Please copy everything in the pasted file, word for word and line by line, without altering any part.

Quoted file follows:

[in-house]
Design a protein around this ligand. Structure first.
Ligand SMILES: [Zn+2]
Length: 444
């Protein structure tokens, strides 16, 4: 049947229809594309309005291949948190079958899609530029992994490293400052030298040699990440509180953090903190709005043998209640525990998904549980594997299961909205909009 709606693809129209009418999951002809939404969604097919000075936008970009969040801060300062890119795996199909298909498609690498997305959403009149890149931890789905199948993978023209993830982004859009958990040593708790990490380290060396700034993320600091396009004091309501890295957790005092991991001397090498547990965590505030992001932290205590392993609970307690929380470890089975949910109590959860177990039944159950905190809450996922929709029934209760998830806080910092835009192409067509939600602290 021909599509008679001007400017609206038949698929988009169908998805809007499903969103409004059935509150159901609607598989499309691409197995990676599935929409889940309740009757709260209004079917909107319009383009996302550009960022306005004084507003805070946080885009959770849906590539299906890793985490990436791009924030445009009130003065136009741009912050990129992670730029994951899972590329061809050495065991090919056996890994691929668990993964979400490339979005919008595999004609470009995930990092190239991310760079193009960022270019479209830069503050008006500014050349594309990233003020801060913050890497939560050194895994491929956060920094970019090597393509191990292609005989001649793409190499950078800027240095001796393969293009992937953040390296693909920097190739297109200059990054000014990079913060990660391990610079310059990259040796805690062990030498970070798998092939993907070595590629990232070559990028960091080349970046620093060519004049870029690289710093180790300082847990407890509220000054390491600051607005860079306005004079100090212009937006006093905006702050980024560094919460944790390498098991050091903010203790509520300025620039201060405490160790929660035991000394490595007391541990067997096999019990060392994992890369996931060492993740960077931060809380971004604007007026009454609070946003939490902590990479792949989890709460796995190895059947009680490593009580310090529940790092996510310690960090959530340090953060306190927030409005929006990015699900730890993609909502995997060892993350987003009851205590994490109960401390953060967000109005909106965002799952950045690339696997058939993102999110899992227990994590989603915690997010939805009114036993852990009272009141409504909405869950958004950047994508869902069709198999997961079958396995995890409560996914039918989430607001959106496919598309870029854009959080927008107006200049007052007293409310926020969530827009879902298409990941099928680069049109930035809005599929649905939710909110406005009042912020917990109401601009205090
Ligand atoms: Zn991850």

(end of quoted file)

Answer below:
[in-house]
Design a protein around this ligand. Structure first.
Ligand SMILES: [Zn+2]
Length: 444
């Protein structure tokens, strides 16, 4: 049947229809594309309005291949948190079958899609530029992994490293400052030298040699990440509180953090903190709005043998209640525990998904549980594997299961909205909009 709606693809129209009418999951002809939404969604097919000075936008970009969040801060300062890119795996199909298909498609690498997305959403009149890149931890789905199948993978023209993830982004859009958990040593708790990490380290060396700034993320600091396009004091309501890295957790005092991991001397090498547990965590505030992001932290205590392993609970307690929380470890089975949910109590959860177990039944159950905190809450996922929709029934209760998830806080910092835009192409067509939600602290 021909599509008679001007400017609206038949698929988009169908998805809007499903969103409004059935509150159901609607598989499309691409197995990676599935929409889940309740009757709260209004079917909107319009383009996302550009960022306005004084507003805070946080885009959770849906590539299906890793985490990436791009924030445009009130003065136009741009912050990129992670730029994951899972590329061809050495065991090919056996890994691929668990993964979400490339979005919008595999004609470009995930990092190239991310760079193009960022270019479209830069503050008006500014050349594309990233003020801060913050890497939560050194895994491929956060920094970019090597393509191990292609005989001649793409190499950078800027240095001796393969293009992937953040390296693909920097190739297109200059990054000014990079913060990660391990610079310059990259040796805690062990030498970070798998092939993907070595590629990232070559990028960091080349970046620093060519004049870029690289710093180790300082847990407890509220000054390491600051607005860079306005004079100090212009937006006093905006702050980024560094919460944790390498098991050091903010203790509520300025620039201060405490160790929660035991000394490595007391541990067997096999019990060392994992890369996931060492993740960077931060809380971004604007007026009454609070946003939490902590990479792949989890709460796995190895059947009680490593009580310090529940790092996510310690960090959530340090953060306190927030409005929006990015699900730890993609909502995997060892993350987003009851205590994490109960401390953060967000109005909106965002799952950045690339696997058939993102999110899992227990994590989603915690997010939805009114036993852990009272009141409504909405869950958004950047994508869902069709198999997961079958396995995890409560996914039918989430607001959106496919598309870029854009959080927008107006200049007052007293409310926020969530827009879902298409990941099928680069049109930035809005599929649905939710909110406005009042912020917990109401601009205090
Ligand atoms: Zn991850």